California wildfire: The world’s largest tree was covered with a blanket to protect it from flames
Firefighters wrapped the base of the world’s largest tree with a fire-resistant blanket As part of an effort to preserve the glorious ancient Redwoods’ famous forest A wildfire is burning in the rugged Sierra Nevada of California.
The largest public sherman tree in the giant forest of Sequoia National Park, Some other Redwoods, the Giant Forest Museum and other buildings were protected against severe fires and closed, fire spokeswoman Rebecca Patterson said.
Aluminum wrap can withstand extreme heat for short periods of time. Federal officials said the material had been used to protect vital structures from sparks for years across Western America. Near Lake Tahoe, some houses covered with protective materials escaped the recent wildfires, while others nearby were destroyed.
That was expected Colony fire, One of the two burns in Sequoia National Park, named for the area where it started, will reach 2,000 Redwoods grove giant forest in a few days, according to firefighters.
However, The fire on Thursday did not grow significantly because a layer of smoke in the morning reduced its spreadFire Department spokeswoman Katie Hooper said.
Thousands of red poppy trees caught fire in a wildfire in the area last year. Some are as tall as skyscrapers and thousands of years old.
General Sherman Tree The world’s largest, with an area of 1,487 cubic meters, According to the National Park Service. It is 84 meters high and 31 meters in circumference at ground level.
Sequoia and Kings Canyon National Park Superintendent Clay Jordan stressed the importance of protecting large trees from fire. High intensity during presentation for firefighters.
A history Recommended burn use for 50 years The fire was set to remove other types of trees and plants In the parks’ redwood groves, giant trees can survive by reducing the impact if flames reach them.
A “Strong record of recommended fire in that area is reason for hope”Patterson said. “Hopefully, the forest of giants will emerge unscathed from this.”
Giant sequoias are ideal for fire, They help to thrive by releasing seeds from their cones and creating gaps that allow young red trees to grow. But the unusual fire intensity – triggered by climate change – will engulf the trees.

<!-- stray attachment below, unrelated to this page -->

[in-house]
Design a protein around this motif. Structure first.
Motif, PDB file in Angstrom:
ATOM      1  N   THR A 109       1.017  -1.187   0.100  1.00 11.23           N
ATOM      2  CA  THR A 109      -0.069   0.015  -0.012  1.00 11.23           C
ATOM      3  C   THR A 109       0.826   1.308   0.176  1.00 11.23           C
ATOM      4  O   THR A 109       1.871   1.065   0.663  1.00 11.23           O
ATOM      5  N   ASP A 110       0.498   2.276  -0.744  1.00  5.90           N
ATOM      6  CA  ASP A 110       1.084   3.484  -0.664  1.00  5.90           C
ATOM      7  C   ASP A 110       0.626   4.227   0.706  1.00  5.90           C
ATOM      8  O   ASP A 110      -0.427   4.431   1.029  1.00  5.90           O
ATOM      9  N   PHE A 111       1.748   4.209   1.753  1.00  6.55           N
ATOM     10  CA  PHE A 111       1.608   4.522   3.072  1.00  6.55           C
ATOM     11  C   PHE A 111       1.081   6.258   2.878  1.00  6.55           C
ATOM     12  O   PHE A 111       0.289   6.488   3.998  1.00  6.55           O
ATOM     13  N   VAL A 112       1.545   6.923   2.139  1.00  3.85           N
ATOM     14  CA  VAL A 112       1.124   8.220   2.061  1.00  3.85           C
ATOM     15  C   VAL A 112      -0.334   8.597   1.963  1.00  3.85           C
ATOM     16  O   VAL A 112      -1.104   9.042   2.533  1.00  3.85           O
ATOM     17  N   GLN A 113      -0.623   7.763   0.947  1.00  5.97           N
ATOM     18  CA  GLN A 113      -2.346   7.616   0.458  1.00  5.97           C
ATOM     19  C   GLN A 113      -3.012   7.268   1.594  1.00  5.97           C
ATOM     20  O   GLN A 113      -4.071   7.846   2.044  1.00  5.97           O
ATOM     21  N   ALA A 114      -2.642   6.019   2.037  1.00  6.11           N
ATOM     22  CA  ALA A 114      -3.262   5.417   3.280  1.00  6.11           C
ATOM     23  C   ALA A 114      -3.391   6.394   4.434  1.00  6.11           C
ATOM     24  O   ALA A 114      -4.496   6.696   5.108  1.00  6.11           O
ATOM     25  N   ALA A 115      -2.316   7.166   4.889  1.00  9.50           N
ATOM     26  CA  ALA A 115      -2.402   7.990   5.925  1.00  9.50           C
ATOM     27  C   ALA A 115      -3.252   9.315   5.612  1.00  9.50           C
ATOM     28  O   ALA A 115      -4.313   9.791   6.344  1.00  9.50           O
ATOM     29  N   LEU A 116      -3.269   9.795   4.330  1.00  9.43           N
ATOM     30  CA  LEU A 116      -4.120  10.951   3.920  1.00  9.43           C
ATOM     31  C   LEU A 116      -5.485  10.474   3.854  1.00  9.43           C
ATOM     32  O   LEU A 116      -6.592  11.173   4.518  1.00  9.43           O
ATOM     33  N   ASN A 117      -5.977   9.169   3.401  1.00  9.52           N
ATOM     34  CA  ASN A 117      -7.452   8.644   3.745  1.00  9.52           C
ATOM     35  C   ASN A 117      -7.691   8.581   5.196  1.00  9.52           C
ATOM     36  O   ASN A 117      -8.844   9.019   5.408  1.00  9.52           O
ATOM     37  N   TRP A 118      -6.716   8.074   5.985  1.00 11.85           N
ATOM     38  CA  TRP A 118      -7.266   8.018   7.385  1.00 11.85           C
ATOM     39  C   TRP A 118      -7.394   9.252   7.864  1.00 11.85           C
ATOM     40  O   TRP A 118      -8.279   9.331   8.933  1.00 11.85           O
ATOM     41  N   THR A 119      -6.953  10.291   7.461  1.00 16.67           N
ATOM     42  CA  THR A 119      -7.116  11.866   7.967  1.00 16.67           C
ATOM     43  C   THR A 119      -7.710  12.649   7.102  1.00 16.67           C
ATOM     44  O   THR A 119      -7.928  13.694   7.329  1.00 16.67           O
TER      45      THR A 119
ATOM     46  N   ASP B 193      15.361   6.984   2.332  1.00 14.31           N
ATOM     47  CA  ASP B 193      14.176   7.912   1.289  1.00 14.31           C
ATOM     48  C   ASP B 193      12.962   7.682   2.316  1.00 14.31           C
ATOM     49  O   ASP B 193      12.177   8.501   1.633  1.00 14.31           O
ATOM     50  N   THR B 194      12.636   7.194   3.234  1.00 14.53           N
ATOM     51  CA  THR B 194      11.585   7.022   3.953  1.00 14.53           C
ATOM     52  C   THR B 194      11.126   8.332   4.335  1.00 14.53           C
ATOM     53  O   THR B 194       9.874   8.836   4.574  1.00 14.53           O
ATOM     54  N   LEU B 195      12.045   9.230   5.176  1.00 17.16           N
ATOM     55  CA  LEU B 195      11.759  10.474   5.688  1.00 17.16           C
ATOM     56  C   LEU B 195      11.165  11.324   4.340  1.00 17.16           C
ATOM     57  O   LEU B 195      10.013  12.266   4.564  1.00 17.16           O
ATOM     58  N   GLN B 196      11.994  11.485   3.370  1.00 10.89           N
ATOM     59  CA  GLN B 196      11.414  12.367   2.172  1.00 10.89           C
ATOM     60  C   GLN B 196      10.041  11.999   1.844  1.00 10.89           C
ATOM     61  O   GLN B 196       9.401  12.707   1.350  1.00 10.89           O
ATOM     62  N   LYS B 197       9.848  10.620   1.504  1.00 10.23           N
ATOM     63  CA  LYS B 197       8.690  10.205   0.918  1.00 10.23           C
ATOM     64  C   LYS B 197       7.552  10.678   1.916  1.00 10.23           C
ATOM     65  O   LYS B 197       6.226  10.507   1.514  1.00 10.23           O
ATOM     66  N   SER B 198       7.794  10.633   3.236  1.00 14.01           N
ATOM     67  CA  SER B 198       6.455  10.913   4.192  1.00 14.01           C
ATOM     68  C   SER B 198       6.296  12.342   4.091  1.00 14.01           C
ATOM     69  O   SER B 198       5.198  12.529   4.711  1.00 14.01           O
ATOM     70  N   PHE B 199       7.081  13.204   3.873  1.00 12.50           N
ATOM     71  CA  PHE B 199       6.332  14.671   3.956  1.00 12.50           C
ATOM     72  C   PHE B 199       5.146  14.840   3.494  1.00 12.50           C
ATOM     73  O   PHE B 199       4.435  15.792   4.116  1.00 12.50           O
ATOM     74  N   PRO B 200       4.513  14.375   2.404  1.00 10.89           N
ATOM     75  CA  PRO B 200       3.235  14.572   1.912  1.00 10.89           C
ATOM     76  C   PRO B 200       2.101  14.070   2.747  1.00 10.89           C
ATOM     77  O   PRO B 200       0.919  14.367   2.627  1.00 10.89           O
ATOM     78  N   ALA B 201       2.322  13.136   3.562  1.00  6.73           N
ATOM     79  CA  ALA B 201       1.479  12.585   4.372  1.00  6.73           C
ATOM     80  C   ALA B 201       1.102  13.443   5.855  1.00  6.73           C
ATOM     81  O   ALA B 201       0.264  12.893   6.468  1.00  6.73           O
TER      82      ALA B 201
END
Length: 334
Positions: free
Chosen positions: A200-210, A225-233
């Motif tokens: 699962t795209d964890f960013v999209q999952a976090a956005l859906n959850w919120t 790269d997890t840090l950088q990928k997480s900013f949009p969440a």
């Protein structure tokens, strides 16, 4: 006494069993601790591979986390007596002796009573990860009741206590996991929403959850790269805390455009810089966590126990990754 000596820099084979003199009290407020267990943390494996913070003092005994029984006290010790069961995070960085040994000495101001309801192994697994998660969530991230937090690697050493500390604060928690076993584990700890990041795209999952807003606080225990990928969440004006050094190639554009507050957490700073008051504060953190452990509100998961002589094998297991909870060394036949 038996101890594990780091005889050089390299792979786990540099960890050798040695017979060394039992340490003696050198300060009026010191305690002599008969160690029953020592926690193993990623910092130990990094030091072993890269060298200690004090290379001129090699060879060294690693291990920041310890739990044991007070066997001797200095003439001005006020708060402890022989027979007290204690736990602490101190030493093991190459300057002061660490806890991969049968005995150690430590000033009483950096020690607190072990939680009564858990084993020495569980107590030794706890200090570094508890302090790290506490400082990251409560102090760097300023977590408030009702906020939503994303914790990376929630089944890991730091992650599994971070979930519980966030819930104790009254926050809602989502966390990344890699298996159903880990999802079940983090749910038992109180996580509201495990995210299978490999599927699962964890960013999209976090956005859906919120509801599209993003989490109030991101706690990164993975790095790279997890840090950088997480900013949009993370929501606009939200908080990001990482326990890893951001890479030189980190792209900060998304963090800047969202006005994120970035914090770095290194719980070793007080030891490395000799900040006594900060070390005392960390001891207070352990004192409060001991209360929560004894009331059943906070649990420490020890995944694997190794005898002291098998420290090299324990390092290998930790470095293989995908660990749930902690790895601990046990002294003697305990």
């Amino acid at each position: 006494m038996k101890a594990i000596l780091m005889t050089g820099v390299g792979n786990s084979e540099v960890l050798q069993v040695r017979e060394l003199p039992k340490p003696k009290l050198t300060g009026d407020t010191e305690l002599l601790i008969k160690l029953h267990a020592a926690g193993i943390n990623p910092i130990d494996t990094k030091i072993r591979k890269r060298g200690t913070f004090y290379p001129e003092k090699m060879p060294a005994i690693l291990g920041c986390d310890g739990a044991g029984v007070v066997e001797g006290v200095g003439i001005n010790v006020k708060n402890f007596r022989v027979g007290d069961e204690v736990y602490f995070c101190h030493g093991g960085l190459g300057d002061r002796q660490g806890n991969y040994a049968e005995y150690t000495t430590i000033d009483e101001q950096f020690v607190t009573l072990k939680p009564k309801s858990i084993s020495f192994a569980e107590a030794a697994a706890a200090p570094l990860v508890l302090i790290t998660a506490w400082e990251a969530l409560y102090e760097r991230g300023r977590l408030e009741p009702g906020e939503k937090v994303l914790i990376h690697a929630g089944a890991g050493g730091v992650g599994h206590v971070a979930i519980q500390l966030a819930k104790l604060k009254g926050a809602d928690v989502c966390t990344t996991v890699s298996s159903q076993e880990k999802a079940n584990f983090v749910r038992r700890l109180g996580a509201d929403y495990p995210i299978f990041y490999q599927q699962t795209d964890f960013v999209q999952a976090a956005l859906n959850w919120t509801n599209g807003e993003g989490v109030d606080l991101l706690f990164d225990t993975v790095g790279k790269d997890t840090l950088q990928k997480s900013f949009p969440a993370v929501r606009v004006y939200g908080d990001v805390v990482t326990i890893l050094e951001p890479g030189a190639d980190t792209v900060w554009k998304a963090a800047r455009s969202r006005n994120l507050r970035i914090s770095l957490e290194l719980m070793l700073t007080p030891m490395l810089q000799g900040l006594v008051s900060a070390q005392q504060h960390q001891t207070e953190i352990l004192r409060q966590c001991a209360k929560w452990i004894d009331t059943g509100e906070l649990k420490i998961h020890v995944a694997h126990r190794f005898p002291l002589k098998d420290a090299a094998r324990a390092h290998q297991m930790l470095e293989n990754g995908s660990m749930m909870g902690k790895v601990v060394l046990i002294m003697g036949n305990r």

That happened last year Fort fire Studies estimate what will be in between 7.500 And 10.600 Large red trees according to the National Park Service.
The heat waves associated with a historic drought and climate change have made it very difficult for the U.S. West to fight wildfires. Climate change over the past 30 years has made the region extremely hot and dry, and scientists say it will continue to develop. The weather is very intense and wildfires are frequent and devastating.
A National Interim Fire Management Team has accepted orders to fight the 30-square-kilometer paradise fire and the 8-square-kilometer Colony Island closest to the grove. In that area, measures were taken to burn plants and other fuels that could cause fires.
The fire forced the park to evacuate this week. And parts of the city of three rivers outside the main entrance were evacuated.
In the south, the fire at the Thule River Indian Reserve and the giant Sequoia National Monument grew considerably overnight and reached far beyond that. 15 square kilometers, And the team was unable to control him, according to the Sequoia National Forest report.
Wind blowing fire, Started with lightning, it burned part of Peyrone’s Sequoia grove in the national monument, and other groves were threatened.
“Because of the inaccessibility of the terrain, it would be difficult to make an initial assessment of the effects of the fire on the large sequoia trees within the grove and It may take days to complete “The report said.
The Thulare County Sheriff’s Office, Panderoza, Quaking Aspen, Johnsandale and Camp Witchset, Boy Scout Camp, were warned to be ready to evacuate if necessary.
The latest in a long summer wildfire that burned nearly 3,550 square miles (9,195 sq km) in California, burning hundreds of homes.
The crew had limited access to the colony fire and the extreme slope of the landscape around Paradise Island prevented this completely.
(Nova Berger and John Antsock – AB)